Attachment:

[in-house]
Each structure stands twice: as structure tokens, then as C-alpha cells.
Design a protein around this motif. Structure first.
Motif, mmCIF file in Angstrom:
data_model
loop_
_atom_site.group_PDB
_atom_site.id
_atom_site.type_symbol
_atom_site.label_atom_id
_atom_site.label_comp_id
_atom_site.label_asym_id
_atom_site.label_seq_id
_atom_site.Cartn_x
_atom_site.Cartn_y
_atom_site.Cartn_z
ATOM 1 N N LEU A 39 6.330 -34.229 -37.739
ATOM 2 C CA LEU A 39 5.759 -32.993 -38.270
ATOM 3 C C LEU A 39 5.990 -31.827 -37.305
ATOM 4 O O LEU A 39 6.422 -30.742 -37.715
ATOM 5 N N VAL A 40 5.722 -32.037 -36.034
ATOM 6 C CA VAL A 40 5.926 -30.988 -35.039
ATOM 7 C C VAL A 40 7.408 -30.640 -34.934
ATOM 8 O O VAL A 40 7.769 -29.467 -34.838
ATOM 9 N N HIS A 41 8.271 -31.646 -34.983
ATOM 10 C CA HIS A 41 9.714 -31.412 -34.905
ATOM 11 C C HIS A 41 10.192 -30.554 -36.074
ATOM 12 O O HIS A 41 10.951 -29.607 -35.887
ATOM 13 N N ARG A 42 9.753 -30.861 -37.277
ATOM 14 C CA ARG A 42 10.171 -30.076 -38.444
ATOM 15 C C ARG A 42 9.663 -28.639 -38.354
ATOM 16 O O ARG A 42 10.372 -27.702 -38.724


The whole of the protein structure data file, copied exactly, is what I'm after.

[in-house]
Each structure stands twice: as structure tokens, then as C-alpha cells.
Design a protein around this motif. Structure first.
Motif, mmCIF file in Angstrom:
data_model
loop_
_atom_site.group_PDB
_atom_site.id
_atom_site.type_symbol
_atom_site.label_atom_id
_atom_site.label_comp_id
_atom_site.label_asym_id
_atom_site.label_seq_id
_atom_site.Cartn_x
_atom_site.Cartn_y
_atom_site.Cartn_z
ATOM 1 N N LEU A 39 6.330 -34.229 -37.739
ATOM 2 C CA LEU A 39 5.759 -32.993 -38.270
ATOM 3 C C LEU A 39 5.990 -31.827 -37.305
ATOM 4 O O LEU A 39 6.422 -30.742 -37.715
ATOM 5 N N VAL A 40 5.722 -32.037 -36.034
ATOM 6 C CA VAL A 40 5.926 -30.988 -35.039
ATOM 7 C C VAL A 40 7.408 -30.640 -34.934
ATOM 8 O O VAL A 40 7.769 -29.467 -34.838
ATOM 9 N N HIS A 41 8.271 -31.646 -34.983
ATOM 10 C CA HIS A 41 9.714 -31.412 -34.905
ATOM 11 C C HIS A 41 10.192 -30.554 -36.074
ATOM 12 O O HIS A 41 10.951 -29.607 -35.887
ATOM 13 N N ARG A 42 9.753 -30.861 -37.277
ATOM 14 C CA ARG A 42 10.171 -30.076 -38.444
ATOM 15 C C ARG A 42 9.663 -28.639 -38.354
ATOM 16 O O ARG A 42 10.372 -27.702 -38.724